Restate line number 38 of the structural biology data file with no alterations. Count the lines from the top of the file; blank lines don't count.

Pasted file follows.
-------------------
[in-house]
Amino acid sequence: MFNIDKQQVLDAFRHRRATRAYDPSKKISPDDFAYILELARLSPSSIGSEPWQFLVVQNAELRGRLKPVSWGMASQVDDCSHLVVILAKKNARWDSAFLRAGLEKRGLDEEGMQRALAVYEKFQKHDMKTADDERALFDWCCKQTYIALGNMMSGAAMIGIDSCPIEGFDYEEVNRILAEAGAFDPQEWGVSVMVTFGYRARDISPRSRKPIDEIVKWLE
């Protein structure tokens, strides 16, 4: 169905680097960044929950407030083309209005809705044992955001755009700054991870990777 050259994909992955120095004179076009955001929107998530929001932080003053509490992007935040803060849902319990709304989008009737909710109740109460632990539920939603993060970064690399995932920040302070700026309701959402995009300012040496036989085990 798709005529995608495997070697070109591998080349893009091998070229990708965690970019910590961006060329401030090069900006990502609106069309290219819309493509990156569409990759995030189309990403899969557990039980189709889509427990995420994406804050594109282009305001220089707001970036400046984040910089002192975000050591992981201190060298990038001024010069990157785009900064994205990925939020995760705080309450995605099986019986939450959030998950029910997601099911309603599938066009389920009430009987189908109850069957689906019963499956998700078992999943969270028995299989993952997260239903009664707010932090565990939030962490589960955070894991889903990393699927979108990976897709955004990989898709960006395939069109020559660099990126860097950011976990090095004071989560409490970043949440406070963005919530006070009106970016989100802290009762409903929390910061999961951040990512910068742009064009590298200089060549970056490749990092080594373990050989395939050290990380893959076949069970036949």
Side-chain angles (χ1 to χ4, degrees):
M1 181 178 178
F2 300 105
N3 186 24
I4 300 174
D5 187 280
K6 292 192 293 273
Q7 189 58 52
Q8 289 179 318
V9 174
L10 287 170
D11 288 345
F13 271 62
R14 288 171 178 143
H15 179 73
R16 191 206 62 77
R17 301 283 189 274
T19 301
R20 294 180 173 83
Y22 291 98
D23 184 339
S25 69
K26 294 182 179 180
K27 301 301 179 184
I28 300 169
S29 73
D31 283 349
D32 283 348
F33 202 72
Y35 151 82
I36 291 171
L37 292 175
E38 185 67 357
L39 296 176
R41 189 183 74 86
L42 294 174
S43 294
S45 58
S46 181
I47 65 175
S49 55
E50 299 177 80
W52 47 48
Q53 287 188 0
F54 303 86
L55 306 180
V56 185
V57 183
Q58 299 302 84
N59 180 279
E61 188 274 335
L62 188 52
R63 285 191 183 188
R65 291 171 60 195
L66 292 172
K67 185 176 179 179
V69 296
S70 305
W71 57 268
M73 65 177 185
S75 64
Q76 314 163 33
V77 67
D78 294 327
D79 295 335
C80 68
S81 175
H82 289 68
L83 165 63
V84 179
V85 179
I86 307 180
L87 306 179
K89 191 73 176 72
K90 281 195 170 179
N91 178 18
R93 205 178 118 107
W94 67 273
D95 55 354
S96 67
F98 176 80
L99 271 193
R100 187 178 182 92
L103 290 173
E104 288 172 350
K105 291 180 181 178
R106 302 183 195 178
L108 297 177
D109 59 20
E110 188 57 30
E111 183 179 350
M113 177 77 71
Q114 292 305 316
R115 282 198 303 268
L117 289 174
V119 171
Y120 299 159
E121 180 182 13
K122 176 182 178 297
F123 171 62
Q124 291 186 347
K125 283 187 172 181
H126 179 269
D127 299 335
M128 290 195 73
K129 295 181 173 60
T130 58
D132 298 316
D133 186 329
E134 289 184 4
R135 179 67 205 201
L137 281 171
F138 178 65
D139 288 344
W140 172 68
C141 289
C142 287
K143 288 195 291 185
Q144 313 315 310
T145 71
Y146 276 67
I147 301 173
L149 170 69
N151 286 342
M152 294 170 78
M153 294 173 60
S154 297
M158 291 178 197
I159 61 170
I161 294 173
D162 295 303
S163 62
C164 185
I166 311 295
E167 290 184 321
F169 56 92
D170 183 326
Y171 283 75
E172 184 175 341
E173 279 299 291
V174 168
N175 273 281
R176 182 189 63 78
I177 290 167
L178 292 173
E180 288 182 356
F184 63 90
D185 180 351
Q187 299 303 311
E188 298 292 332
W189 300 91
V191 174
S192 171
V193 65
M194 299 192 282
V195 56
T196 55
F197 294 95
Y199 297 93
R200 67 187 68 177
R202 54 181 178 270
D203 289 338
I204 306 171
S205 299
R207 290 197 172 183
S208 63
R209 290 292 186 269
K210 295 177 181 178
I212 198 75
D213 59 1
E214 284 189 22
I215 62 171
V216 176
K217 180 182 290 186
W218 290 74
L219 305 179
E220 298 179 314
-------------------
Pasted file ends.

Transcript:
R41 189 183 74 86